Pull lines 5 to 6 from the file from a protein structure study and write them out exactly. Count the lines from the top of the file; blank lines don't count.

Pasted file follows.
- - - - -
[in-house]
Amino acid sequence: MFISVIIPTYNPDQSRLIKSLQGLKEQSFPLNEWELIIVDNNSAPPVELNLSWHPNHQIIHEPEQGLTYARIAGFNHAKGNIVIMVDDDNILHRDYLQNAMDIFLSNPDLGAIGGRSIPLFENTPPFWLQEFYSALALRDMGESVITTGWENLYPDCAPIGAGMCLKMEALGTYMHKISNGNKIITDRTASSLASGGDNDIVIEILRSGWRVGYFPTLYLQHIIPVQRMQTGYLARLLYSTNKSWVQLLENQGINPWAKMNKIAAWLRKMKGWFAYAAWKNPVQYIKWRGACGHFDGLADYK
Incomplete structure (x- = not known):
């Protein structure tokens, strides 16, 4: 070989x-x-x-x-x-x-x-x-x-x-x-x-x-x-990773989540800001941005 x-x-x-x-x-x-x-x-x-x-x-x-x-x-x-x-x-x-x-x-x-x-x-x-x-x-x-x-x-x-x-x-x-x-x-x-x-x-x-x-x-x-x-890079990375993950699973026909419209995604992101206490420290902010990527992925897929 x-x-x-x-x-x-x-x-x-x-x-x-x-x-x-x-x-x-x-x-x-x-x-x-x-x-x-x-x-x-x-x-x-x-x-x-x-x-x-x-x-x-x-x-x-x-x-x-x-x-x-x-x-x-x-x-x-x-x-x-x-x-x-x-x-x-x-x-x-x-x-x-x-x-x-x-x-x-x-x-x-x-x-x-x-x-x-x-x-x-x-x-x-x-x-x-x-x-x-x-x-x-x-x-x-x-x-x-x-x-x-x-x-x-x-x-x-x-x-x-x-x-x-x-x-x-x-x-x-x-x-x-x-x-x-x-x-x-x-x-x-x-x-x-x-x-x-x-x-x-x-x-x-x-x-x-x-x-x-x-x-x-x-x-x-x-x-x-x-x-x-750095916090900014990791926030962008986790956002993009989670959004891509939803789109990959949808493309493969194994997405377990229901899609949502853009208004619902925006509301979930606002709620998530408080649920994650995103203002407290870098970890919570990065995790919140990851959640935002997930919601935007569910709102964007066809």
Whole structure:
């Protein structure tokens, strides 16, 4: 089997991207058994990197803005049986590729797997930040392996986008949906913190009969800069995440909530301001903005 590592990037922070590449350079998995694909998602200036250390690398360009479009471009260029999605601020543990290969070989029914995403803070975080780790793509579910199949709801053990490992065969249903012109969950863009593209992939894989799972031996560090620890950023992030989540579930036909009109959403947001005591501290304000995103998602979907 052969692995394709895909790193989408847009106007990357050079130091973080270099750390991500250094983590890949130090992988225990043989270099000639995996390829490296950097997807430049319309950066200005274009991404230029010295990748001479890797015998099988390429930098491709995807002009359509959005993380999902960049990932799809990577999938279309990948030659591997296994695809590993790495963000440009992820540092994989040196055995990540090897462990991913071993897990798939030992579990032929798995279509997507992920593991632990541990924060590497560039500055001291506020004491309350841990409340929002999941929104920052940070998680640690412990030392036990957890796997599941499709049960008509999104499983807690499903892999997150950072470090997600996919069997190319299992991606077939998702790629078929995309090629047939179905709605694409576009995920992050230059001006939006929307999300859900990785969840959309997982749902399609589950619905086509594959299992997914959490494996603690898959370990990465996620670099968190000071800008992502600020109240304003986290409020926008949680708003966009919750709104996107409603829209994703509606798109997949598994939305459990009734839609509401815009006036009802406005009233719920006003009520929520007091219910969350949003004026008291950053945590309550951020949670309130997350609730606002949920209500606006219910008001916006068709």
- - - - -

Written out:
Whole structure:
């Protein structure tokens, strides 16, 4: 089997991207058994990197803005049986590729797997930040392996986008949906913190009969800069995440909530301001903005 590592990037922070590449350079998995694909998602200036250390690398360009479009471009260029999605601020543990290969070989029914995403803070975080780790793509579910199949709801053990490992065969249903012109969950863009593209992939894989799972031996560090620890950023992030989540579930036909009109959403947001005591501290304000995103998602979907 052969692995394709895909790193989408847009106007990357050079130091973080270099750390991500250094983590890949130090992988225990043989270099000639995996390829490296950097997807430049319309950066200005274009991404230029010295990748001479890797015998099988390429930098491709995807002009359509959005993380999902960049990932799809990577999938279309990948030659591997296994695809590993790495963000440009992820540092994989040196055995990540090897462990991913071993897990798939030992579990032929798995279509997507992920593991632990541990924060590497560039500055001291506020004491309350841990409340929002999941929104920052940070998680640690412990030392036990957890796997599941499709049960008509999104499983807690499903892999997150950072470090997600996919069997190319299992991606077939998702790629078929995309090629047939179905709605694409576009995920992050230059001006939006929307999300859900990785969840959309997982749902399609589950619905086509594959299992997914959490494996603690898959370990990465996620670099968190000071800008992502600020109240304003986290409020926008949680708003966009919750709104996107409603829209994703509606798109997949598994939305459990009734839609509401815009006036009802406005009233719920006003009520929520007091219910969350949003004026008291950053945590309550951020949670309130997350609730606002949920209500606006219910008001916006068709």